Johanns argued that the administration is out of touch with reality, citing the now-tabled child labor laws for farms and claiming that the Environmental Protection Agency had planned to regulate farm dust and ran surveillance flights over Nebraska feedlots.
Johanns added that there are "a pile" of regulations that the administration will not release until a second term. "When the election occurs, hold onto your hat," he warned.
Judge disputed Johanns’ assertions. "I don’t believe [the Democrats] are out there with fistfuls of regulations just waiting to release them," she countered. "Let’s put the farm dust issue to rest. There are no pending regs on dust. Period."
Judge continued, "Do we need to be careful? Absolutely. If things are going too far, we should call [the administration] on it. We need a healthy economy that is not burdened with regulations."
Both parties agree that farmers and ranchers, for the most part, are good stewards of the land and don’t need new regulations to force the matter.
Trade. The topic of trade often comes up in Washington and, as a result, agriculture’s positive contribution to the trade picture. On a value basis, more ag products are sold overseas than are brought into the country.
"I’ve signed trade agreements that are helping our companies sell more goods to millions of new customers," claimed Obama when accepting the Democratic nomination for President in Charlotte, N.C.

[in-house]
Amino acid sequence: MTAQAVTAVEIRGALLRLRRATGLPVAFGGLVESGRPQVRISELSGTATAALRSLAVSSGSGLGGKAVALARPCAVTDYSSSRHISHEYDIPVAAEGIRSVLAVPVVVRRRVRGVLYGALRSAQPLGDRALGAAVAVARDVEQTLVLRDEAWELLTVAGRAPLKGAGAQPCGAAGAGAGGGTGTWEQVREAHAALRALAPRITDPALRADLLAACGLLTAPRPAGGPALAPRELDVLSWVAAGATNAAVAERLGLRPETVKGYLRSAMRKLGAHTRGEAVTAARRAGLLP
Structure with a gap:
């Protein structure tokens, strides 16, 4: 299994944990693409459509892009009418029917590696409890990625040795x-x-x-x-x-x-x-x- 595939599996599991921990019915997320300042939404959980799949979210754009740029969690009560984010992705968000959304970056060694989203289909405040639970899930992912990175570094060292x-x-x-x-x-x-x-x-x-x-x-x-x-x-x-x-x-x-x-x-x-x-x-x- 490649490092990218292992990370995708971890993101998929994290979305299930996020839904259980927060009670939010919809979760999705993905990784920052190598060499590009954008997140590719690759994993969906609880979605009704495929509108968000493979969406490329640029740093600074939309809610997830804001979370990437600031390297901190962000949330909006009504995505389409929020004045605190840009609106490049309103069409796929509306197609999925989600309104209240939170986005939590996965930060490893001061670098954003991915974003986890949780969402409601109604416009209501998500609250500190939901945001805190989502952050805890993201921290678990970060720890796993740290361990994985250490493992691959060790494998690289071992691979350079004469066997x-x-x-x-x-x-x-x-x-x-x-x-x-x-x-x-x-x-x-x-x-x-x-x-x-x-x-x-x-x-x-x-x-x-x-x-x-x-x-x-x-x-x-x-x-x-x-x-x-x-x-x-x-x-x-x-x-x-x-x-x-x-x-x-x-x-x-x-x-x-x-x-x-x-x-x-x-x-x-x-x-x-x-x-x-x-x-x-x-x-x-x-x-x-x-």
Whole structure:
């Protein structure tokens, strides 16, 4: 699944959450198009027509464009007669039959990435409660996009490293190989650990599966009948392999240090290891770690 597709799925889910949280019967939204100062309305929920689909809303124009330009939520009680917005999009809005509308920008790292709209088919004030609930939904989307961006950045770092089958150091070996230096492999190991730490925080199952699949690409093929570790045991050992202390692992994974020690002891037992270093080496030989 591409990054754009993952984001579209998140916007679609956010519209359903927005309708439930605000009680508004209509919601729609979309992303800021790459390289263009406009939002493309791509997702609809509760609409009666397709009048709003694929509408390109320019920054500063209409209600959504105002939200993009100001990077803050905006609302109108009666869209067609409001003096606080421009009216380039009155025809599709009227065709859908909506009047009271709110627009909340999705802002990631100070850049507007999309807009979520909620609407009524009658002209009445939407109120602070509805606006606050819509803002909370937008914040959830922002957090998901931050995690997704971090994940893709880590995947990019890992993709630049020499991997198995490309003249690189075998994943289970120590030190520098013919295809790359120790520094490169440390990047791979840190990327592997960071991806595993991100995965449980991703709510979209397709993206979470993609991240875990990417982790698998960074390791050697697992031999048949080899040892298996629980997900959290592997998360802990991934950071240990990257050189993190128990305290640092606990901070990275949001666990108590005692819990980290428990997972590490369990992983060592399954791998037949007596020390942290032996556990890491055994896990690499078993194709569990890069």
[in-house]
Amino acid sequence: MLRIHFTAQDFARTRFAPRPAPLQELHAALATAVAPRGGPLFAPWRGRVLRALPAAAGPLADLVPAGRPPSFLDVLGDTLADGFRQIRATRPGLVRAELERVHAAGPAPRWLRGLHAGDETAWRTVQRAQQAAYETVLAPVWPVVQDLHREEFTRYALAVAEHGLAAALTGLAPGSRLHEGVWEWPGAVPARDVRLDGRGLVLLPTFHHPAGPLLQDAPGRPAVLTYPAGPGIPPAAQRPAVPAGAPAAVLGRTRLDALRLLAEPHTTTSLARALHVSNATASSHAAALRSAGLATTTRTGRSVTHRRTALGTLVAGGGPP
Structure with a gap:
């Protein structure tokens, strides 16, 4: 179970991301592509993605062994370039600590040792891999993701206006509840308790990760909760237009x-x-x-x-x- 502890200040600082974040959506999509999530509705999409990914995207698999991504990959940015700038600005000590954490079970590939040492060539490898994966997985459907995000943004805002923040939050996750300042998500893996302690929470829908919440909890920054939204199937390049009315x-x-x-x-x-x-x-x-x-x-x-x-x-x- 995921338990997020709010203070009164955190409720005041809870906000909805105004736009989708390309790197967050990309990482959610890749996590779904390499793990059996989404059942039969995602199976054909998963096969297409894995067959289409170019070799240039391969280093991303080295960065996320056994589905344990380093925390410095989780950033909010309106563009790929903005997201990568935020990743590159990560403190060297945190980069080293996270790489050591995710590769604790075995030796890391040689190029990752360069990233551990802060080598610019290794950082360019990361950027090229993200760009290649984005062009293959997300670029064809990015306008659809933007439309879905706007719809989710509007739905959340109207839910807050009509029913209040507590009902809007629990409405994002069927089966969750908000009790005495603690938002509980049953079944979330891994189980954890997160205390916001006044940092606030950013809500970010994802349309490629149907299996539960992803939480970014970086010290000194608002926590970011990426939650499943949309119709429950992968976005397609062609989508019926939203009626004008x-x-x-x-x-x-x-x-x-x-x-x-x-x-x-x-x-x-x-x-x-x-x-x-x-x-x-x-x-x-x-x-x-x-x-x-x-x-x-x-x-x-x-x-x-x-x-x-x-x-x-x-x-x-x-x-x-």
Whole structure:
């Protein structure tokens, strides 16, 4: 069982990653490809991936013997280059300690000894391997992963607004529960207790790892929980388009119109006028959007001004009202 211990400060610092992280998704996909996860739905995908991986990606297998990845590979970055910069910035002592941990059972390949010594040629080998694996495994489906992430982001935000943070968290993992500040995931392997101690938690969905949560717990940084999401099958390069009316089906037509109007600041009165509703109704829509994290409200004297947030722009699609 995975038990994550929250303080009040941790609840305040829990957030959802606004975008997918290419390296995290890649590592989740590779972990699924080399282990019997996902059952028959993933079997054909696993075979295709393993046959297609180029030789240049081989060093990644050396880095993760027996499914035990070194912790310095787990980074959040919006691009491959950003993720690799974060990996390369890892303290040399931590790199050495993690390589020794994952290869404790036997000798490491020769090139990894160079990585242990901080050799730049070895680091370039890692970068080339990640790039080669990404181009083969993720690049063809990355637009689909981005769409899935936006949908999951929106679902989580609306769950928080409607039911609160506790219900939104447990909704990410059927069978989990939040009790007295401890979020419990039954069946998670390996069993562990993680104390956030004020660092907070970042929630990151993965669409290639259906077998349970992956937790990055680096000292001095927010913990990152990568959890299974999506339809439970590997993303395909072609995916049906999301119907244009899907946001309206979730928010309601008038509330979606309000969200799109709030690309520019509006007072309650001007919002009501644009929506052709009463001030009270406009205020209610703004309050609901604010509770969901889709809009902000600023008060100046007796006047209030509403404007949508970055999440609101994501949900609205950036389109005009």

Romney pledges to "make trade work for America by forging new trade agreements, and when nations cheat in trade, there will be unmistakable consequences."
Turning the focus on agriculture, Judge noted that trade issues at times continue to be "vexing," especially when countries throw up barriers to U.S. ag goods that aren’t based on science. She said the administration will continue to work with the private sector, USDA, lawmakers and others to solve trade issues.
As president, Romney would involve the World Trade Organization (WTO), Johanns said. "You have to get them involved in browbeating, doing whatever is necessary to get the members of the WTO—which are 156 countries, the major trading countries—to recognize that we have to work with each other on principles and standards that are fair to each side. You can’t say to the United States, ‘We want to sell you our pork, but we don’t want to buy your beef.’ That just doesn’t work."
Johanns said Romney would pursue bilateral trade deals. "Our farmers and ranchers can compete with anybody in the world if we get a level playing field," he said. He also mentioned that Romney would seek trade promotion authority from Congress, which would allow the administration to negotiate trade deals and bring them back to Congress for an up-or-down vote.
Key Swing States
While the candidates’ views on agricultural policy aren’t as contrary as they are in other sectors,
agriculture will still play a part in the outcome of the presidential election. For Romney to win,
political watchers predict he has to take Florida, Ohio and Virginia. For Obama to stay in the White House, he has to win Florida, Ohio or Virginia and either New Hampshire, Iowa or Colorado. The addition of Rep. Paul Ryan (R-Wis.) as Romney’s running mate inserts Wisconsin into the battleground states.